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Phillips, Tim (2008)
Languages: English
Types: Unknown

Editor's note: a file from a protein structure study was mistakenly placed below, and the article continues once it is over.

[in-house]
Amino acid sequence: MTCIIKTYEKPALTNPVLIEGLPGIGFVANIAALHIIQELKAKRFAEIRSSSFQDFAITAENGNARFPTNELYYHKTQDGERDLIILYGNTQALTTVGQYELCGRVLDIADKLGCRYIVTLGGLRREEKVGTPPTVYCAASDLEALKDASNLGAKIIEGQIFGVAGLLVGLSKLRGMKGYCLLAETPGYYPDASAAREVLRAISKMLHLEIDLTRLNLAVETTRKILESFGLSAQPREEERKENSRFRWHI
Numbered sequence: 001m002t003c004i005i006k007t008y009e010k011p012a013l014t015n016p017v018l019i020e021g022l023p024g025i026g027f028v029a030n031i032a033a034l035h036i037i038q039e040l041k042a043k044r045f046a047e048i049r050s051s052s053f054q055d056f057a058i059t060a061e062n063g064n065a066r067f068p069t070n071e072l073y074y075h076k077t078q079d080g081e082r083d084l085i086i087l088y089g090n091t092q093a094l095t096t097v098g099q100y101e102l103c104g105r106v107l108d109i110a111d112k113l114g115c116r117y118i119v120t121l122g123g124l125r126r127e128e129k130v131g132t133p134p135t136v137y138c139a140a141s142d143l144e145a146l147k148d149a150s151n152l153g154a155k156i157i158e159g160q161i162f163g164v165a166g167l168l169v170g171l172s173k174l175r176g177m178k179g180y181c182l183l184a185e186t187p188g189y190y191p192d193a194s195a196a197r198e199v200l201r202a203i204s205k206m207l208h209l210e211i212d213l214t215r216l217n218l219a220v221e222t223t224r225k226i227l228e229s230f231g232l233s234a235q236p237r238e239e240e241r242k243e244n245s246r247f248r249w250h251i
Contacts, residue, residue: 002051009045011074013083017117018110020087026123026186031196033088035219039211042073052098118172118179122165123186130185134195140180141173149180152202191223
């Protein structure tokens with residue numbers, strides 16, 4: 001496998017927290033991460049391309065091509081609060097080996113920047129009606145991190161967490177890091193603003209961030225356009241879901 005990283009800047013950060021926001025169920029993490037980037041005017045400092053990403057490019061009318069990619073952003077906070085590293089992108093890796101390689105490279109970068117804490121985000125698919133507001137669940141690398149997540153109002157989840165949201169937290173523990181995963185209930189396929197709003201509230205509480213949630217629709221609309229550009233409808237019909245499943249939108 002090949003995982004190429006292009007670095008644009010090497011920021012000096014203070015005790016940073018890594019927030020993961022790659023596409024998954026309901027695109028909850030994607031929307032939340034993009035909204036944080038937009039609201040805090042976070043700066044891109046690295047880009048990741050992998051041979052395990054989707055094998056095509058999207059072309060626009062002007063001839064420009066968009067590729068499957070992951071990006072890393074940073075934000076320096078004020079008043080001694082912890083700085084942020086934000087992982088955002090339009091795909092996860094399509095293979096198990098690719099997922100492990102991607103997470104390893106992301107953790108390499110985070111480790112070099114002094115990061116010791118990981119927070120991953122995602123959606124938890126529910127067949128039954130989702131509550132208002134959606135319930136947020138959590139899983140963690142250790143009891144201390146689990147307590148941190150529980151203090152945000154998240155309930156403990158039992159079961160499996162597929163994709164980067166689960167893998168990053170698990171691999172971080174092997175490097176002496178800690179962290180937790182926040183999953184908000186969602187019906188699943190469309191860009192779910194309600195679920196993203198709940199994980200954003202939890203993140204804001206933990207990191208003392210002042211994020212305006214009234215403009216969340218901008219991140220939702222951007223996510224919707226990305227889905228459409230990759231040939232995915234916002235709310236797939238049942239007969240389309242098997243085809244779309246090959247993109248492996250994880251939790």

Altruistic or selfless behaviour is a major puzzle for evolutionary biology which predicts competition between organisms in the struggle for existence. One explanation for altruism towards non-kin proposes that it evolved as a reliable signal of individual quality to others, including potential mates. It is thus possible to see altruistic traits as handicaps that act as indicators of the phenotypic and genetic quality under sexual selection. Here, I also suggest that sexual selection mechanisms other than the handicap principle might have favoured the evolution of altruism towards non-kin. I focus on human altruistic traits and speculate that the expansion of the brain in human evolution would have made increasing levels of parental investment essential. If displays of altruism towards non-kin had correlated with sustained parental investment then conditions particularly favourable to the evolution of altruistic traits could have existed. I make three predictions based on this scenario, each of which requires measurement of mate preference towards altruistic traits. I therefore develop and test a psychometric scale to measure this mate preference. Firstly, I predict that mate choice on the basis of altruistic traits will be found, a prediction supported in one sub-sample. Secondly, I predict significantly stronger female mate preference towards altruistic traits, a prediction that is also supported. Finally, I predict that, in line with sexual selection theory, variation in mate preference and preferred trait will be subject to genetic influence. This prediction is supported in a twin study of responses to the scales employed. I also examine one form of altruistic behaviour, voluntary activity on behalf of others, and measure six possible motivations to perform this behaviour. I conclude that one motivation alone, altruistic motivation, accounts for volunteer commitment
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